HMS Dragon swapped tracking aircraft for submarine hunting as she joined three American destroyers searching for HMS Talent in the Mediterranean.
The Type 45 and her American cousins did their utmost to set up an ‘underwater barrier’ to halt the hunter-killer’s progress.
Pictures: LA(Phot) Dave Jenkins, RN Photographer of the Year
DRAGON’S got Talent.
Or, more likely, Talent’s got Dragon because the destroyer isn’t designed to hunt submarines, whereas a boat views anything which floats as a target.
The Portsmouth-based Type 45 nevertheless gave it a go during a large-scale anti-submarine exercise involving three American destroyers in the Med, with the Royal Navy’s hunter-killer boat as their prey.
The aim of the four surface ships – Arleigh Burke-class destroyers USS Gravely, Stout and Barry completed the quartet – was to block HMS Talent’s progress through the Med during a 12-hour game between hunter and hunted.
Given Dragon’s raison d’être of shielding a task group against air attack – which she’s recently practised working with RAF Typhoons in the eastern Mediterranean – Talent proved to be an elusive adversary.
The hunt was aided by the British destroyer’s own 815 Naval Air Squadron Lynx and Seahawks from the American trio, which used their dipping sonars to look for the Trafalgar-class submarine ahead of her anticipated route.
“We did not know where the submarine was, but we knew where they wanted to go,” explained Lt Luqman Haskett, who works in the Stout’s Combat Information Center – the US equivalent of a Royal Navy warship’s operations room.
“So the goal was to try and track them and prevent them from reaching their desired location.”
Ahead of the exercise, several crew from Talent and Dragon traded places to gain an insight into the different ways the units hunt each other down.
Stuart Williams (left) host his submariner brother Michael aboard HMS Dragon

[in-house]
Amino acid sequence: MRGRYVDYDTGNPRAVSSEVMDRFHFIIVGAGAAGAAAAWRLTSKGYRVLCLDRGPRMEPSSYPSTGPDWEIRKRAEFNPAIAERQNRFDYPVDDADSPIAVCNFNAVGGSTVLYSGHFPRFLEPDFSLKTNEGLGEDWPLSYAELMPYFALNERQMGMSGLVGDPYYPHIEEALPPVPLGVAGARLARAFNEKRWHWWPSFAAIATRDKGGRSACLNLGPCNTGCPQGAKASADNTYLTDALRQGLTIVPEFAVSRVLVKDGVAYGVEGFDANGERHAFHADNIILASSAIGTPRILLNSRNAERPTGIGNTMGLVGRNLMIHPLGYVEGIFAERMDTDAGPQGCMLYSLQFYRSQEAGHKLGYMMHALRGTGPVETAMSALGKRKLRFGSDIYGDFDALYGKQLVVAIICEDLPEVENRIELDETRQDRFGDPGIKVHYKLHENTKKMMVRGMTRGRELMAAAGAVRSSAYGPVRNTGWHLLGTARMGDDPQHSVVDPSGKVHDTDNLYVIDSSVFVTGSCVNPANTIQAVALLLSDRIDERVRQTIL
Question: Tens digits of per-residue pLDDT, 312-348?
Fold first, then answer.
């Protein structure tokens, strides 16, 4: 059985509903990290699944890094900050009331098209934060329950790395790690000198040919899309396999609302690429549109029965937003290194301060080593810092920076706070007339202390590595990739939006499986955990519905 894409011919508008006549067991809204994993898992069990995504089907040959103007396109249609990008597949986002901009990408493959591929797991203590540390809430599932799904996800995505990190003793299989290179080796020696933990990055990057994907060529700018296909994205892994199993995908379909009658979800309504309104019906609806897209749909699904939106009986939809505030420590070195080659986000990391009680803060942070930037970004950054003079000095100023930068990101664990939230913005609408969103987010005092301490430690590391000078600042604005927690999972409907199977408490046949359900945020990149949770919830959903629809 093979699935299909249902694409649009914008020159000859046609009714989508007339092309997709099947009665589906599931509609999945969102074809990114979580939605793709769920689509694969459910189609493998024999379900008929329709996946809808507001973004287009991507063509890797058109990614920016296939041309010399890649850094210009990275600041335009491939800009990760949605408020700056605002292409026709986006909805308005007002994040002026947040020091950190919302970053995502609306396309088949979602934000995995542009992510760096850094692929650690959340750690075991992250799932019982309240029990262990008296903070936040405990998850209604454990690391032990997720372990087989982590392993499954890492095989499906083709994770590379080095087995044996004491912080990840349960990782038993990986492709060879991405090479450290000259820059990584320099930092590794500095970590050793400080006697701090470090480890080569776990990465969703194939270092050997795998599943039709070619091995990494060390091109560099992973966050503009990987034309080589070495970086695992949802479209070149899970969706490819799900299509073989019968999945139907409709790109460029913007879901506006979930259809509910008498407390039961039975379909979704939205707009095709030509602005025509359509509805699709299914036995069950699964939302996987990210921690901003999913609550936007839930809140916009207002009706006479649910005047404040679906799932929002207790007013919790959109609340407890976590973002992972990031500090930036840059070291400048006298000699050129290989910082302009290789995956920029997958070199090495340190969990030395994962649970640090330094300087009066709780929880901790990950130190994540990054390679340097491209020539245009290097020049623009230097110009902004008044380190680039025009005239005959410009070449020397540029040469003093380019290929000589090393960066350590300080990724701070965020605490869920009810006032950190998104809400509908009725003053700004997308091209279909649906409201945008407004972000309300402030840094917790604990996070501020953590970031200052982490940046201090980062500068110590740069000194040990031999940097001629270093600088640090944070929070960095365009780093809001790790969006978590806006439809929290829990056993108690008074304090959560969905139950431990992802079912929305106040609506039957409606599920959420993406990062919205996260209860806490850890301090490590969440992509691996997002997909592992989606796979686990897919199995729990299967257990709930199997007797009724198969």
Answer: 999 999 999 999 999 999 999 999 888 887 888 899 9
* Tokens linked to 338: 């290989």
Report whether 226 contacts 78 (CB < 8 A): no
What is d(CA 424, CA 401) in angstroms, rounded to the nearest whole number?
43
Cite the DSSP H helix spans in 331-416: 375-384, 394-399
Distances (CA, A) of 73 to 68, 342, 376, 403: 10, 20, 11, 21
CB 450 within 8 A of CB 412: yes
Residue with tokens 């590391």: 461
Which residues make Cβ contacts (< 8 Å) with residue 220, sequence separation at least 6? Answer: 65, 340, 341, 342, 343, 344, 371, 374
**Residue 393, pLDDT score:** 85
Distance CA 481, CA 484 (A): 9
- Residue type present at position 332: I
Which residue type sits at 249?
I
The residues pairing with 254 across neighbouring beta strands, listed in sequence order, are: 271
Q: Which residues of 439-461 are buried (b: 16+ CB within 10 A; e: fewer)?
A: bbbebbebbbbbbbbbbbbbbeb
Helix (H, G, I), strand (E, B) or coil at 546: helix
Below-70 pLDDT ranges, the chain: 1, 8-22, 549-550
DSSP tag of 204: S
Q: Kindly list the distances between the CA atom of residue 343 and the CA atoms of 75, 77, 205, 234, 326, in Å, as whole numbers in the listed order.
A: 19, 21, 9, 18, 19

Twenty-five-year-old ET(MESM) Michael Williams took the opportunity to leave the cramped confines of the T-boat to tour the more spacious surroundings of Dragon, hosted by his brother LET(WE) Stuart Williams, whom he hadn’t seen in over eight months.
“This is my first operational patrol and it has been an unexpected surprise to be able to get together with Stuart.
“As a lower level engineer working six hours on and six off, the space to work in on board Talent is very limited and a real challenge. There is so much more room on Dragon to work,” said the submariner, who joined the Service just 14 months ago.
“I think it’s fair to say that the living conditions are more comfortable onboard HMS Dragon but the food on board HMS Talent wins that contest.”
Dragon's Lynx, callsign Flametrap, makes a low pass of Talent. Picture: US Navy
Heading in the opposite direction for a couple of days in a big black tube was 29-year-old LET(ME) David Cantrell.
“It was a real eye opener for me. The living conditions were cramped but comfortable – with fantastic food,” he said.
“The working routines are particular to operating a submarine and everyone onboard was very professional in their approach and application to everything they did.
“The biggest surprise for me was how stable Talent was once dived – you get used to the motion of the sea aboard ship, but once underwater there wasn’t a hint of movement.”
Dragon is due home in Portsmouth next month, bringing to an end her eight-month maiden deployment, while the Devonport-based boat remains on patrol.